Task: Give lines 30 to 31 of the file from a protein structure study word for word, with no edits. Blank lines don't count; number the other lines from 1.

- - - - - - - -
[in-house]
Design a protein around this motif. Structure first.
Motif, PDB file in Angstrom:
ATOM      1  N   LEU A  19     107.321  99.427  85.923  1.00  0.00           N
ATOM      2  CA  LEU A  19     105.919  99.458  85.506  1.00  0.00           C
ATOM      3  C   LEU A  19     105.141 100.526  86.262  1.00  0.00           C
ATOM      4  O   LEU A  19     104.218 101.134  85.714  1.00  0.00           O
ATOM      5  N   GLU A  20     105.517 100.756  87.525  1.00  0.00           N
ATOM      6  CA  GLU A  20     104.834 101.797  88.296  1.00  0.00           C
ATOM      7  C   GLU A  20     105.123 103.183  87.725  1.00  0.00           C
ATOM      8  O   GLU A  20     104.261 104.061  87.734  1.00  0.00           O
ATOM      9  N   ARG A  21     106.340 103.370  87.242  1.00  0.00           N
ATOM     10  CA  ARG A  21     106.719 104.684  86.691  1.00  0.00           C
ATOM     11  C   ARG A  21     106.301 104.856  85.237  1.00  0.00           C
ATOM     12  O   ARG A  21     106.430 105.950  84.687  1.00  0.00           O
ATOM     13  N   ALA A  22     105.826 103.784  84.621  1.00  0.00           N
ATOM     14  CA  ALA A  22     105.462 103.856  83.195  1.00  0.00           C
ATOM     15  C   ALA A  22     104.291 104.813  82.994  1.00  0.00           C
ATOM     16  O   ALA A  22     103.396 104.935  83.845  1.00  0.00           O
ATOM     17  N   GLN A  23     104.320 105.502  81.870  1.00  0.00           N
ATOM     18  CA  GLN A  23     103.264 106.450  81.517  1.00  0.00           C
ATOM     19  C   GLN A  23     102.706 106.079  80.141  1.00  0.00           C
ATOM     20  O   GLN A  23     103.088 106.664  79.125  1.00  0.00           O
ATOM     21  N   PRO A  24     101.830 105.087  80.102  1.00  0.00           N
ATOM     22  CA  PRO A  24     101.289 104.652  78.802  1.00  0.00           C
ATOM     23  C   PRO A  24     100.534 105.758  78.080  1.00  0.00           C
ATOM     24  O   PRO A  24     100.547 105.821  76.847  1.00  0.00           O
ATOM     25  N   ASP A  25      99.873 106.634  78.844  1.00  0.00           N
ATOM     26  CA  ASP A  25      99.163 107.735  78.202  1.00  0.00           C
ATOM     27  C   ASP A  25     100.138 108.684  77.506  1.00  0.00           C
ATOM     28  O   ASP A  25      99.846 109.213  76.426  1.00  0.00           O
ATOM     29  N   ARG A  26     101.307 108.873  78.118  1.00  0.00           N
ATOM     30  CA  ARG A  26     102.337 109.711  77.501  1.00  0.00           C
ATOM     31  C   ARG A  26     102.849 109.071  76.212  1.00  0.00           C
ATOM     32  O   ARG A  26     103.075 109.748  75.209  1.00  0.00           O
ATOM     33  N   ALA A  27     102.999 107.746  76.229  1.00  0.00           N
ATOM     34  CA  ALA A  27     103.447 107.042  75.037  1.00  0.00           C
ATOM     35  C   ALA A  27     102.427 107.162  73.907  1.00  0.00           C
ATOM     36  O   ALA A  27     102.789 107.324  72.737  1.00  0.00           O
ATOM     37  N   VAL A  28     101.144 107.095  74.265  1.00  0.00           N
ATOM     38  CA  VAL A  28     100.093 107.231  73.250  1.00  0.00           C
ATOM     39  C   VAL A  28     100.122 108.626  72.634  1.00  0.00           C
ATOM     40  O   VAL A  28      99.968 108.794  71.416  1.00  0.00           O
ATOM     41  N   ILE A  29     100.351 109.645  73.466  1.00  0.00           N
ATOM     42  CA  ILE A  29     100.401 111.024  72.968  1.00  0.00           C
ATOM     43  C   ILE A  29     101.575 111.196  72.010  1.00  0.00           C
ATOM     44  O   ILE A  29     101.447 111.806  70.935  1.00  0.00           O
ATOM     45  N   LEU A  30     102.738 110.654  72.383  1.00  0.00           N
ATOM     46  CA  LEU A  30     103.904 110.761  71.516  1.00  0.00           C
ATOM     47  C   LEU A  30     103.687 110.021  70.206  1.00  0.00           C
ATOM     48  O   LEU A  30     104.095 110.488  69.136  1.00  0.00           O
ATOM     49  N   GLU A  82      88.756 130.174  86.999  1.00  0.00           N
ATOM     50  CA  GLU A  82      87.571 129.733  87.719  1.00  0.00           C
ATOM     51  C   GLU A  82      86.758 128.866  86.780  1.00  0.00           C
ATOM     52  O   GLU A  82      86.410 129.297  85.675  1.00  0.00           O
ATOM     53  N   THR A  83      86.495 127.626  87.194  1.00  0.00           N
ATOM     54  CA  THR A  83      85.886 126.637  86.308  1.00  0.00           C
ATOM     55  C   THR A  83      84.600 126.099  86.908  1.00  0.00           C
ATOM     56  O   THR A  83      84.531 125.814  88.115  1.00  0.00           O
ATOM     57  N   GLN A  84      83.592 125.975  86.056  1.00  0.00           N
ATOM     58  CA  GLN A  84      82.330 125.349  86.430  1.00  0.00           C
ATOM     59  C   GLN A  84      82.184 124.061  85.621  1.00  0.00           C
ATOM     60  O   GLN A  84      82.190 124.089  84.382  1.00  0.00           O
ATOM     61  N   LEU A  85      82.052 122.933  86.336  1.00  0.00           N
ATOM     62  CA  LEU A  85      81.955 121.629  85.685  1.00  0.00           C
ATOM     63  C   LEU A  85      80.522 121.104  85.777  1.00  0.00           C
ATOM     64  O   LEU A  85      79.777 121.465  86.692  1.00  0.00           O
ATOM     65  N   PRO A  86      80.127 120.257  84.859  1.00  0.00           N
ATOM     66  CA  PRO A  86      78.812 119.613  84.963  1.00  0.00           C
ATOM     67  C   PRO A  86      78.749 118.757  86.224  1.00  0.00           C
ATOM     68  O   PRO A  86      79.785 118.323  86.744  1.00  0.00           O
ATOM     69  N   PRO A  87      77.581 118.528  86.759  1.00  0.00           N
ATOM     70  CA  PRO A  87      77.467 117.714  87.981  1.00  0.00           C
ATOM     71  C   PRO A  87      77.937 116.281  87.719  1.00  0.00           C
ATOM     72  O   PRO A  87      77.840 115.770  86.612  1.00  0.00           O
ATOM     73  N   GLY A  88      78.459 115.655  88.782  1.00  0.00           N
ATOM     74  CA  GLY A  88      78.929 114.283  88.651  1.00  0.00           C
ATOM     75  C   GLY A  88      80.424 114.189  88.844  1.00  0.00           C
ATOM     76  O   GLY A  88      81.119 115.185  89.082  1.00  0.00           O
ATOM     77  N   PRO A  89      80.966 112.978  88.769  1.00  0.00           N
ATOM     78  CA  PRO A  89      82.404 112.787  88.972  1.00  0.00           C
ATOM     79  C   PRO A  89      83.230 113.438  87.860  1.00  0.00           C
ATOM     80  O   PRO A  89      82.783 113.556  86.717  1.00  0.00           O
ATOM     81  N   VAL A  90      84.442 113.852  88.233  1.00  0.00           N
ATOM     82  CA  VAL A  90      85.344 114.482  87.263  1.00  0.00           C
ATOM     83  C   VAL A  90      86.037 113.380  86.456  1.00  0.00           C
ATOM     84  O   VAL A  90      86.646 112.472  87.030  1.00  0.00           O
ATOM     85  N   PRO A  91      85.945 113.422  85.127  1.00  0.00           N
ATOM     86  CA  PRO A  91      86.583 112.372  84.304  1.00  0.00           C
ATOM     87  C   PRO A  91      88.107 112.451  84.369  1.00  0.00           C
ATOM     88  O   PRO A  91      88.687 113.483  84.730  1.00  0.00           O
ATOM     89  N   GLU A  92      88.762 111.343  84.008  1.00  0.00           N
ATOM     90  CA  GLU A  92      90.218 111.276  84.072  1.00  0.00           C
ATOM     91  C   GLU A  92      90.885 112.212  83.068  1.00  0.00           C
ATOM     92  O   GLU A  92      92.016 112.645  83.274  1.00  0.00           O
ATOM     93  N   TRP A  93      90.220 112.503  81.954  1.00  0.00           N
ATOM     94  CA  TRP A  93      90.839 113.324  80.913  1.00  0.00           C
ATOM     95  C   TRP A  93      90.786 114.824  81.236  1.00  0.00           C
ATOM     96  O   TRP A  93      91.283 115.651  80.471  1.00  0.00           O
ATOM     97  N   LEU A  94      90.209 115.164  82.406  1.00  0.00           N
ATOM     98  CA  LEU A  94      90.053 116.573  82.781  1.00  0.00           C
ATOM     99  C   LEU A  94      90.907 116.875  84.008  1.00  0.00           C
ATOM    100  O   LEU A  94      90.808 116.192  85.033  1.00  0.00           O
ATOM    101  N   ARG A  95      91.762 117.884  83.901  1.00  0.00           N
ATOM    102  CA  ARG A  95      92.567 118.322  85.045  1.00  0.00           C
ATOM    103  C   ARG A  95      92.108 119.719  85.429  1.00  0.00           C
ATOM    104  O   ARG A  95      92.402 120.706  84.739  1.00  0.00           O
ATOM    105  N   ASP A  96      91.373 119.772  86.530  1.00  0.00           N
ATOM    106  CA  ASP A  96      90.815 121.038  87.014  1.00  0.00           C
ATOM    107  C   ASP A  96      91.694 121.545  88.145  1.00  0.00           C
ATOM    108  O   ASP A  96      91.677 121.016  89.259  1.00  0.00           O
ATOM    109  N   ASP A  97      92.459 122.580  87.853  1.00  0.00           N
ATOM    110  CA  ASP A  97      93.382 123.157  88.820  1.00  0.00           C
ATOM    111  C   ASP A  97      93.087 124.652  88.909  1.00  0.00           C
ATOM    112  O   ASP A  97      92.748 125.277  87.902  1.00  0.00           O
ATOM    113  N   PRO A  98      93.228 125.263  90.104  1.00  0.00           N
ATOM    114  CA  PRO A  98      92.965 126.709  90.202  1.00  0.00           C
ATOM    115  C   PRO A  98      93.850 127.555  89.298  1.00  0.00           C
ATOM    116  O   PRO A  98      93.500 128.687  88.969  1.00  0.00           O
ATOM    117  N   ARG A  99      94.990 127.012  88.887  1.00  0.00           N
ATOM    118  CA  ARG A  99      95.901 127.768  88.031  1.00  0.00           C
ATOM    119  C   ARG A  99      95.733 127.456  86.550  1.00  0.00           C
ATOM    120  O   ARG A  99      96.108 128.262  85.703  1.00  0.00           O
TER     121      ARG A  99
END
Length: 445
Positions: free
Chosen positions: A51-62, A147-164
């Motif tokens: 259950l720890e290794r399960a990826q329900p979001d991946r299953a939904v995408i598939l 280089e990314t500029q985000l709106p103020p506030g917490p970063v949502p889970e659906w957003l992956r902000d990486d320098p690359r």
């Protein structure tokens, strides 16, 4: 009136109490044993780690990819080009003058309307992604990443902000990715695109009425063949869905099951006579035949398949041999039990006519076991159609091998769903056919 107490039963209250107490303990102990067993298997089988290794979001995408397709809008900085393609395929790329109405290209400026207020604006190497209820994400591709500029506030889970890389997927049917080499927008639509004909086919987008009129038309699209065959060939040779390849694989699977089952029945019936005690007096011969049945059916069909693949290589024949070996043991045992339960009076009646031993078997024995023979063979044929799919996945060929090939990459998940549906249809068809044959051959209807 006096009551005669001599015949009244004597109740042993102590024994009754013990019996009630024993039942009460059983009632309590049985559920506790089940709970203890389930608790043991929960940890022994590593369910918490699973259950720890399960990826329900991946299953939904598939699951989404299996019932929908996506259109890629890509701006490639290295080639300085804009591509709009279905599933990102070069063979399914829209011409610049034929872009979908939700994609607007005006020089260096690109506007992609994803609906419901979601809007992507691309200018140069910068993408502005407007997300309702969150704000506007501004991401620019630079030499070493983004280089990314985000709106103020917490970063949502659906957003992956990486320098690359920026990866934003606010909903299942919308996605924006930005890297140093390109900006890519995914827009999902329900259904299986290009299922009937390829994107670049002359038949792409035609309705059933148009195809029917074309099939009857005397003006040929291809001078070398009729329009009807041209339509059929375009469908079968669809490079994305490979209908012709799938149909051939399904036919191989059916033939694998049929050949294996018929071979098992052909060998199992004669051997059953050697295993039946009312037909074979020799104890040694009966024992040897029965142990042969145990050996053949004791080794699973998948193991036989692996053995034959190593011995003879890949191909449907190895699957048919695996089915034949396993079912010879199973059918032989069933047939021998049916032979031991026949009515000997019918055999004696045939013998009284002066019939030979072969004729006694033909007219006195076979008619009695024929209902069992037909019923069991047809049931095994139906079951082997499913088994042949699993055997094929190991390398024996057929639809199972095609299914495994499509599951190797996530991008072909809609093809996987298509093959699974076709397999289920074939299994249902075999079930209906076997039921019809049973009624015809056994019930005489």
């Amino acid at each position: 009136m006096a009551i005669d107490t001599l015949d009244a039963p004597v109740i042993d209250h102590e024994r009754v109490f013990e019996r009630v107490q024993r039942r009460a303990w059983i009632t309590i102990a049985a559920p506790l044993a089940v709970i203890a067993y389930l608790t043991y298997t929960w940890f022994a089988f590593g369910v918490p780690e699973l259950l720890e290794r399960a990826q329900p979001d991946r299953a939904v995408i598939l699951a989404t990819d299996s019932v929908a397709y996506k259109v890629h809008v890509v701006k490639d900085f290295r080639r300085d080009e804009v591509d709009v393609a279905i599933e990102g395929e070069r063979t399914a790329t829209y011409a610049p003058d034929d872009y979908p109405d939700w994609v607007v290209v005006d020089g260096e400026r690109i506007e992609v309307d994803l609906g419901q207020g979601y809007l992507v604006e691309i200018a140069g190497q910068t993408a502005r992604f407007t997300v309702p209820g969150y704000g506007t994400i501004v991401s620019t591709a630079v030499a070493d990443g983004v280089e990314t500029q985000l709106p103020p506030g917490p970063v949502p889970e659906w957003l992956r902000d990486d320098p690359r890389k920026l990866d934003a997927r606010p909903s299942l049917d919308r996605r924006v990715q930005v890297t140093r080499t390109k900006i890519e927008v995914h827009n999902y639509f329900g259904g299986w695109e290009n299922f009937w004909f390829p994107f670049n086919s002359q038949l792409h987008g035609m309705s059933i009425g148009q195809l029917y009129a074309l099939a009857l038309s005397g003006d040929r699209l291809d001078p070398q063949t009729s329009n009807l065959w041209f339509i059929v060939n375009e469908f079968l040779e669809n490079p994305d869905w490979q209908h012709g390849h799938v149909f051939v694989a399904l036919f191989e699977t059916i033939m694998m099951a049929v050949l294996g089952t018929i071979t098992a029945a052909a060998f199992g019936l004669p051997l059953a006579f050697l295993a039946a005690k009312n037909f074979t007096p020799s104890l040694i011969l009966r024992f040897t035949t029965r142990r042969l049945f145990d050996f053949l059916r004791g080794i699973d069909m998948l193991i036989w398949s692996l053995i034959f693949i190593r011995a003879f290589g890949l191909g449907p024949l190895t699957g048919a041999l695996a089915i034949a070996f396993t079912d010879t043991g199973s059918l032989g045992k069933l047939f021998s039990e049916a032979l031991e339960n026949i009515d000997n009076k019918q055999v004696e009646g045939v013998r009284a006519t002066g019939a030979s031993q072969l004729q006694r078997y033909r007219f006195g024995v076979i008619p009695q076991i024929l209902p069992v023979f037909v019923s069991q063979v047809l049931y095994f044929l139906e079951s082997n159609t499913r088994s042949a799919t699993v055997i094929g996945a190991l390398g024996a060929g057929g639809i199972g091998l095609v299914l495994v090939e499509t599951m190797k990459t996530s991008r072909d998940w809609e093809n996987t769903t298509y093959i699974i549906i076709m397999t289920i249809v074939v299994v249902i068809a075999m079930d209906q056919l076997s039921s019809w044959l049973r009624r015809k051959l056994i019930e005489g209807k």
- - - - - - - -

ATOM     27  C   ASP A  25     100.138 108.684  77.506  1.00  0.00           C
ATOM     28  O   ASP A  25      99.846 109.213  76.426  1.00  0.00           O